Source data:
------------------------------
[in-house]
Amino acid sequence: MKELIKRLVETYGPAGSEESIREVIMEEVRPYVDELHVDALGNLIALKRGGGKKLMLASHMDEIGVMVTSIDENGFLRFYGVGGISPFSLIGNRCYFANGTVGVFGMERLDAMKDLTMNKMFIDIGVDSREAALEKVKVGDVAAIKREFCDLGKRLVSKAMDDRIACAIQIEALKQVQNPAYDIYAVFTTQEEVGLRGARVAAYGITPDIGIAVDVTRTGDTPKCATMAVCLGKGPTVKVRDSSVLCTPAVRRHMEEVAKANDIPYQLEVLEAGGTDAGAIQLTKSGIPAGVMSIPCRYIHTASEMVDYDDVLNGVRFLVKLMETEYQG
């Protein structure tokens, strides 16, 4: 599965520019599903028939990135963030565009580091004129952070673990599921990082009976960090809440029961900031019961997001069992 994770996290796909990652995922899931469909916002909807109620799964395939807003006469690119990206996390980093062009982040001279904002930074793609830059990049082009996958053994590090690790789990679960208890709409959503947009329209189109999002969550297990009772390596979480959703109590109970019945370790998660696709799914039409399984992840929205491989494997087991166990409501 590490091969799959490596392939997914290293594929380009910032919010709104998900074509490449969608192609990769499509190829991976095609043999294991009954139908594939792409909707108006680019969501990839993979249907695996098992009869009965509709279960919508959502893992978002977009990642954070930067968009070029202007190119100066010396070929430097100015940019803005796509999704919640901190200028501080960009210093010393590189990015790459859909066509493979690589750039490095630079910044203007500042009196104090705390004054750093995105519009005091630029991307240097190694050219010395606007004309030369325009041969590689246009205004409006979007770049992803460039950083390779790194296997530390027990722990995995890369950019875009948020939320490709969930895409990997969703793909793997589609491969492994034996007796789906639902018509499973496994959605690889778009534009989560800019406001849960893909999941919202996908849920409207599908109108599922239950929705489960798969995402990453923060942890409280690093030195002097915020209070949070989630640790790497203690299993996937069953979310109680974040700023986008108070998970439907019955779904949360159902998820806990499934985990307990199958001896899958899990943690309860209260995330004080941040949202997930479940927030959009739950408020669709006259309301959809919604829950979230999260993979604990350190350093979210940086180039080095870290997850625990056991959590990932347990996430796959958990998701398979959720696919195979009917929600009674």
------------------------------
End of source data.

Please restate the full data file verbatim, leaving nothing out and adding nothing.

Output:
[in-house]
Amino acid sequence: MKELIKRLVETYGPAGSEESIREVIMEEVRPYVDELHVDALGNLIALKRGGGKKLMLASHMDEIGVMVTSIDENGFLRFYGVGGISPFSLIGNRCYFANGTVGVFGMERLDAMKDLTMNKMFIDIGVDSREAALEKVKVGDVAAIKREFCDLGKRLVSKAMDDRIACAIQIEALKQVQNPAYDIYAVFTTQEEVGLRGARVAAYGITPDIGIAVDVTRTGDTPKCATMAVCLGKGPTVKVRDSSVLCTPAVRRHMEEVAKANDIPYQLEVLEAGGTDAGAIQLTKSGIPAGVMSIPCRYIHTASEMVDYDDVLNGVRFLVKLMETEYQG
């Protein structure tokens, strides 16, 4: 599965520019599903028939990135963030565009580091004129952070673990599921990082009976960090809440029961900031019961997001069992 994770996290796909990652995922899931469909916002909807109620799964395939807003006469690119990206996390980093062009982040001279904002930074793609830059990049082009996958053994590090690790789990679960208890709409959503947009329209189109999002969550297990009772390596979480959703109590109970019945370790998660696709799914039409399984992840929205491989494997087991166990409501 590490091969799959490596392939997914290293594929380009910032919010709104998900074509490449969608192609990769499509190829991976095609043999294991009954139908594939792409909707108006680019969501990839993979249907695996098992009869009965509709279960919508959502893992978002977009990642954070930067968009070029202007190119100066010396070929430097100015940019803005796509999704919640901190200028501080960009210093010393590189990015790459859909066509493979690589750039490095630079910044203007500042009196104090705390004054750093995105519009005091630029991307240097190694050219010395606007004309030369325009041969590689246009205004409006979007770049992803460039950083390779790194296997530390027990722990995995890369950019875009948020939320490709969930895409990997969703793909793997589609491969492994034996007796789906639902018509499973496994959605690889778009534009989560800019406001849960893909999941919202996908849920409207599908109108599922239950929705489960798969995402990453923060942890409280690093030195002097915020209070949070989630640790790497203690299993996937069953979310109680974040700023986008108070998970439907019955779904949360159902998820806990499934985990307990199958001896899958899990943690309860209260995330004080941040949202997930479940927030959009739950408020669709006259309301959809919604829950979230999260993979604990350190350093979210940086180039080095870290997850625990056991959590990932347990996430796959958990998701398979959720696919195979009917929600009674």